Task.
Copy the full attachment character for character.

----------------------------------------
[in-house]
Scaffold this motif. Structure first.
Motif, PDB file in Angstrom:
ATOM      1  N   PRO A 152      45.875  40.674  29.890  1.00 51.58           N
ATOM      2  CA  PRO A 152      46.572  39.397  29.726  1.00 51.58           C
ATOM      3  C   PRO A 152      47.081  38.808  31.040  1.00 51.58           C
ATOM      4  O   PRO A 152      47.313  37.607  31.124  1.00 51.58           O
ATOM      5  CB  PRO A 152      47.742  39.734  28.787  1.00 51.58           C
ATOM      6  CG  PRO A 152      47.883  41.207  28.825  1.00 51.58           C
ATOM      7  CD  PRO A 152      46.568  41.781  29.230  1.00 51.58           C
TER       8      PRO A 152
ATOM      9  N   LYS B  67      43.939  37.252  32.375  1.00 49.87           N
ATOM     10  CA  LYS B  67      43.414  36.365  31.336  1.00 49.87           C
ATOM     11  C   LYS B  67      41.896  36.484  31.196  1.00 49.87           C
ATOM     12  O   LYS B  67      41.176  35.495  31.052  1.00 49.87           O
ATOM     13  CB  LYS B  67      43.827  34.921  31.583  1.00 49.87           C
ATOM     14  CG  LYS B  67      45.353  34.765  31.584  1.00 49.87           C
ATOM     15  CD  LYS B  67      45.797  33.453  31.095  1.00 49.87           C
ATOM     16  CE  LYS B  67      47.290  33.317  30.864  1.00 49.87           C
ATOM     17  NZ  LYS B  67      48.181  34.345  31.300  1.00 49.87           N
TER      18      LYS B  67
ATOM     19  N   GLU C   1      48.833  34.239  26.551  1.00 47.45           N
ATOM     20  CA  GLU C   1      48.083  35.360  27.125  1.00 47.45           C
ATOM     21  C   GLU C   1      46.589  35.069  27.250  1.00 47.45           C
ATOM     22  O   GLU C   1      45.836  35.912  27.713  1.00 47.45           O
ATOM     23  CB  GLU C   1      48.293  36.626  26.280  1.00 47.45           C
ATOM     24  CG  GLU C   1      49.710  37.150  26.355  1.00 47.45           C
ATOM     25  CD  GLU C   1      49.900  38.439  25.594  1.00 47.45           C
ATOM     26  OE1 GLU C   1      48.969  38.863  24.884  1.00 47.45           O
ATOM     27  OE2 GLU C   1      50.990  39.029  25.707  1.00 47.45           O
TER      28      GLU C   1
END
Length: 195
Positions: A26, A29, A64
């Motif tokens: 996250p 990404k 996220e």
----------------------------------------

[in-house]
Scaffold this motif. Structure first.
Motif, PDB file in Angstrom:
ATOM      1  N   PRO A 152      45.875  40.674  29.890  1.00 51.58           N
ATOM      2  CA  PRO A 152      46.572  39.397  29.726  1.00 51.58           C
ATOM      3  C   PRO A 152      47.081  38.808  31.040  1.00 51.58           C
ATOM      4  O   PRO A 152      47.313  37.607  31.124  1.00 51.58           O
ATOM      5  CB  PRO A 152      47.742  39.734  28.787  1.00 51.58           C
ATOM      6  CG  PRO A 152      47.883  41.207  28.825  1.00 51.58           C
ATOM      7  CD  PRO A 152      46.568  41.781  29.230  1.00 51.58           C
TER       8      PRO A 152
ATOM      9  N   LYS B  67      43.939  37.252  32.375  1.00 49.87           N
ATOM     10  CA  LYS B  67      43.414  36.365  31.336  1.00 49.87           C
ATOM     11  C   LYS B  67      41.896  36.484  31.196  1.00 49.87           C
ATOM     12  O   LYS B  67      41.176  35.495  31.052  1.00 49.87           O
ATOM     13  CB  LYS B  67      43.827  34.921  31.583  1.00 49.87           C
ATOM     14  CG  LYS B  67      45.353  34.765  31.584  1.00 49.87           C
ATOM     15  CD  LYS B  67      45.797  33.453  31.095  1.00 49.87           C
ATOM     16  CE  LYS B  67      47.290  33.317  30.864  1.00 49.87           C
ATOM     17  NZ  LYS B  67      48.181  34.345  31.300  1.00 49.87           N
TER      18      LYS B  67
ATOM     19  N   GLU C   1      48.833  34.239  26.551  1.00 47.45           N
ATOM     20  CA  GLU C   1      48.083  35.360  27.125  1.00 47.45           C
ATOM     21  C   GLU C   1      46.589  35.069  27.250  1.00 47.45           C
ATOM     22  O   GLU C   1      45.836  35.912  27.713  1.00 47.45           O
ATOM     23  CB  GLU C   1      48.293  36.626  26.280  1.00 47.45           C
ATOM     24  CG  GLU C   1      49.710  37.150  26.355  1.00 47.45           C
ATOM     25  CD  GLU C   1      49.900  38.439  25.594  1.00 47.45           C
ATOM     26  OE1 GLU C   1      48.969  38.863  24.884  1.00 47.45           O
ATOM     27  OE2 GLU C   1      50.990  39.029  25.707  1.00 47.45           O
TER      28      GLU C   1
END
Length: 195
Positions: A26, A29, A64
């Motif tokens: 996250p 990404k 996220e």